Thus Christian Europe was rather slow to recognize the greatness of Islamic learning and its influence on the Revival of the West. Westerners like John Davenport, Stanley Lane Poole, M.P.E. Berthelot and more recently Holmyard, Max Meyerhof, George Sarton, Philip K. Hitti, Robert Briffault and John William Draper have gratefully acknowledged the part played by Muslims in the advancement of learning and the awakening of Europe. "Down to the 15th century", writes a western historian, "Whatever scientific activity existed in Europe was engaged in assimilating Arab learning without greatly adding to it."
Islamic Institutions
The Jews who enjoyed complete tolerance in Muslim Spain took a lively interest in the development and popularisation of Arabian learning both during and after the Moorish regime. They were scattered all over Europe after the Ahmohadeen conquest and became the ambassadors of Arabian culture wherever they went. French and German monks including Hildegard and Hrosvitha, the literary nuns of the Thuringian convent, learnt Arabian sciences from them. The wandering Jews founded numerous schools such as those of Kimhic and Ben Esra of Norbonne, where the diffusion ofGrabian learning was carried on through translation and teaching. A large number of these Jews accompanied William of Normandy to England where they established the first English school of science at Oxford, in which Arabian sciences were freely taught. It was in this school that Roger Bacon learnt Arabic sciences from Jewish teachers.

63. Miskatonic University Library Books Of Alchemy
as De mineralibus these accompany the translatio vetus of Aristotle's Meteorology,that is, books I-III translated from Arabic by gerard of cremona and book
Alchemical Works
in the Miskatonic University Library
WORKS ON ALCHEMY Artis chemicae principes Artis auriferae Theatrum chemicum Bibliotheca chemica curiosa Leiden Papyrus Stockholm Papyrus Compositiones Lucenses (8th century) Mappae Clavicula (9th + 12th century) Collection des anciens alchimistes grecs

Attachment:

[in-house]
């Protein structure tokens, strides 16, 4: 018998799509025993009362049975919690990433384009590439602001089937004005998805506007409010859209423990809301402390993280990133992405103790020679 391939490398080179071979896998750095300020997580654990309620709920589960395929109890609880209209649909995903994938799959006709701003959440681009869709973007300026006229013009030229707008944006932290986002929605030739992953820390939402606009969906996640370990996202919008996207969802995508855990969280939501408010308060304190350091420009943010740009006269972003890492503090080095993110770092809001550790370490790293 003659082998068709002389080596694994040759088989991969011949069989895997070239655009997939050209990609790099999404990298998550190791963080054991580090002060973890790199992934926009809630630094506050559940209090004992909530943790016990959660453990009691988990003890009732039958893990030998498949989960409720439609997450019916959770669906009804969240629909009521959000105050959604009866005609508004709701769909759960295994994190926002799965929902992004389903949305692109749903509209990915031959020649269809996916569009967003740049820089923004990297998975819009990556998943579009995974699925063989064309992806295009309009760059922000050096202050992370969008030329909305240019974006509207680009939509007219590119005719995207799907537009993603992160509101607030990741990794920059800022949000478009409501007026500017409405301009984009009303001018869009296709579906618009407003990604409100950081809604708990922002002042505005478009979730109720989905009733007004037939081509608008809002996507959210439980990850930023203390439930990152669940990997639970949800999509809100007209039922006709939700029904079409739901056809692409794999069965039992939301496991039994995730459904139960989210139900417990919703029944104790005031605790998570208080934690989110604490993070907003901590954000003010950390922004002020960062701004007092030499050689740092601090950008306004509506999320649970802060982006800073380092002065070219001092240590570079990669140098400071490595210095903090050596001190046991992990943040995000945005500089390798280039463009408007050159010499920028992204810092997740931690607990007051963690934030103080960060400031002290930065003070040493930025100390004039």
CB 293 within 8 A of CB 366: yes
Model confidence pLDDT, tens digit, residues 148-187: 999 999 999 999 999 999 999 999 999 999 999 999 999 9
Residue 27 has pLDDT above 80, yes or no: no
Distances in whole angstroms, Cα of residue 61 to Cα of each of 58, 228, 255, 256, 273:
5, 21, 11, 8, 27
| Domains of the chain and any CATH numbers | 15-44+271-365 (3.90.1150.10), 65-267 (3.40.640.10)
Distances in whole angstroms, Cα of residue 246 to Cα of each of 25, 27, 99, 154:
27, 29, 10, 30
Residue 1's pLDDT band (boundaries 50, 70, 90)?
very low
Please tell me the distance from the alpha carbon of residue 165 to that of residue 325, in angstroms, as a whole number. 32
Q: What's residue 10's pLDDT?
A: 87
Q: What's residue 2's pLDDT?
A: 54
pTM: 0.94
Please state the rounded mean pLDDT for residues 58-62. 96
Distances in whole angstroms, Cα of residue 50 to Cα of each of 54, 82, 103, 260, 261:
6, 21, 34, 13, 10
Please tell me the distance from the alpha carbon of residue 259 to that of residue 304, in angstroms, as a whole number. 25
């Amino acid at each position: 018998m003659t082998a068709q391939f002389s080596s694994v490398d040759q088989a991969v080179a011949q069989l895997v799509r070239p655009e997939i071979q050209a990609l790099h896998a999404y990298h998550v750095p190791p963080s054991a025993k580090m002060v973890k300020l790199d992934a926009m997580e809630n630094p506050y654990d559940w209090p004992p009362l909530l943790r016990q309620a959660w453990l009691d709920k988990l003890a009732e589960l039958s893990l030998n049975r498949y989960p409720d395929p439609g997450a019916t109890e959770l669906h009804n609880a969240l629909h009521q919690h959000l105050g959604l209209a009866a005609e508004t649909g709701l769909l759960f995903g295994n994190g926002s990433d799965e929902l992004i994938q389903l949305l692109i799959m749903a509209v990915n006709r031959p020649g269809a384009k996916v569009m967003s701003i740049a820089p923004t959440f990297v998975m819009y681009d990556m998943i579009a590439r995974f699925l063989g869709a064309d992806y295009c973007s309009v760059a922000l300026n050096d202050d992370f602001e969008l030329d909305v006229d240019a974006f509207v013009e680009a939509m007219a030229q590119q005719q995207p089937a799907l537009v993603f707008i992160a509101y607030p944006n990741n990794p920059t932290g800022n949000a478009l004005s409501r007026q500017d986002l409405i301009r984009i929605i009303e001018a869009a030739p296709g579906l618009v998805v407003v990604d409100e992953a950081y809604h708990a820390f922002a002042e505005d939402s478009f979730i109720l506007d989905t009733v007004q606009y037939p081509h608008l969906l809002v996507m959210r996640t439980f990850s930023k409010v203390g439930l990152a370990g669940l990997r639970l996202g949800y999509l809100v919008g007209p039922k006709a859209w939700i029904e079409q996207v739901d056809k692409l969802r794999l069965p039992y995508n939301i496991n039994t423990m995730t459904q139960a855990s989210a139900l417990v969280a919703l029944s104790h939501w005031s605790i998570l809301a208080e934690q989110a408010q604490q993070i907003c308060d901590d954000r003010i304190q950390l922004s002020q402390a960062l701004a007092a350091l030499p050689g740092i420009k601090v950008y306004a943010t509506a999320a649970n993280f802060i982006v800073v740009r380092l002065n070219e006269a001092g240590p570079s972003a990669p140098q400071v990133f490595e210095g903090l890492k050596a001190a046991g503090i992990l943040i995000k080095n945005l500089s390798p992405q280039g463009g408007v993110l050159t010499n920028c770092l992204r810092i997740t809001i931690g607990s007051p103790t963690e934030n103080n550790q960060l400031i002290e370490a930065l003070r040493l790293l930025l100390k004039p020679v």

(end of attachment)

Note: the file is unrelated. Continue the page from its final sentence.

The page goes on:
PRE CHRISTIAN Democraticus (who may be Bolos of Mendes (fl. 1st century B.C.)
  • Phisika kai mystika
  • Aristotle (384-322) Claudius Ptolemy (c 150 A.D.) Tabrir Al Magesti (Almagest)
    EARLY CENTURIES OF CHRISTIAN ERA To Leucippus Book V. Chemistry of Moses Work of the Four Elements The Eight Tombs The System of Iamblichus
    DARK AGES Zosimus of Panopolis (before A.D. 400) Synesius (4th century) commentary on Demoncritus Olympiodorus (6th century) reconciled alchemy with Neoplatonism and the theory of the four elements. Stephen of Alexandria (7th century) (teacher of Morienus) declared that transmutation was a spiritual process and set it in a Christological persepctive "Christian philosopher" - (7th century) "Anonymous philosopher" - (7th century) Pelagius John the Archpriest
    ARABIAN ALCHEMY Callisthenes (Prince Khalid ibn Yazid) (d. 704)

    64. Dr.Abdullah Assiri
    In addition, he wrote monographs on astronomical instruments, tides, rocks andprecious stones. gerard of cremona translated many of his books into Latin.
    This site will try to shed some light on the arabian and Muslim physicians who contributed to the science and medicine field enormously. Dr.Abdullah Assiri YAQUB IBN ISHAQ AL-KINDI (ALKINDUS) (800 - 873 C.E.) Al-Kindi is known in the West as Alkindus. He was popularly known as the 'Philosopher of theArabs' in the Middle Ages. Cardano considered Al-Kindi as one of the twelve greatest minds of the Middle Ages. He is among a small group of Muslim scientists who made original contributions in many fields. Al-Kindi was a philosopher, astronomer, physician, mathematician, physicist, and geographer. He also was an expert in music. Yaqub Ibn Ishaq al-Kindi was born at Kufa (present Iraq) in 800 C.E. His father worked for
    Khalifah (Caliph) Haroon al-Rashid. Al-Kindi spent his long career in Baghdad and was a
    contemporary of al-Mutawakkil, al-Mamun and al-Mu'tasim. He died in 873 C.E. during the reign of al-M'utamid.
    Al-Kindi was the first physician who systematically determined the dosage for most drugs. It greatly helped in the development of dosage standards (prescription) for patients. In the field of Chemistry, Al-Kindi argued that base metals cannot be converted to precious metals and that chemical reactions cannot produce transformation of basic elements. He made important contributions to the Arabic system of numerals. In addition, he contributed to spherical geometry while assisting al-Khwarizmi in astronomical studies. Al-Kindi's original work provided the foundation for modern arithmetic. He also made original contributions to geometrical optics, a special field of Physics, and wrote a book on it. Several centuries later, Al-Kindi's work inspired Roger Bacon.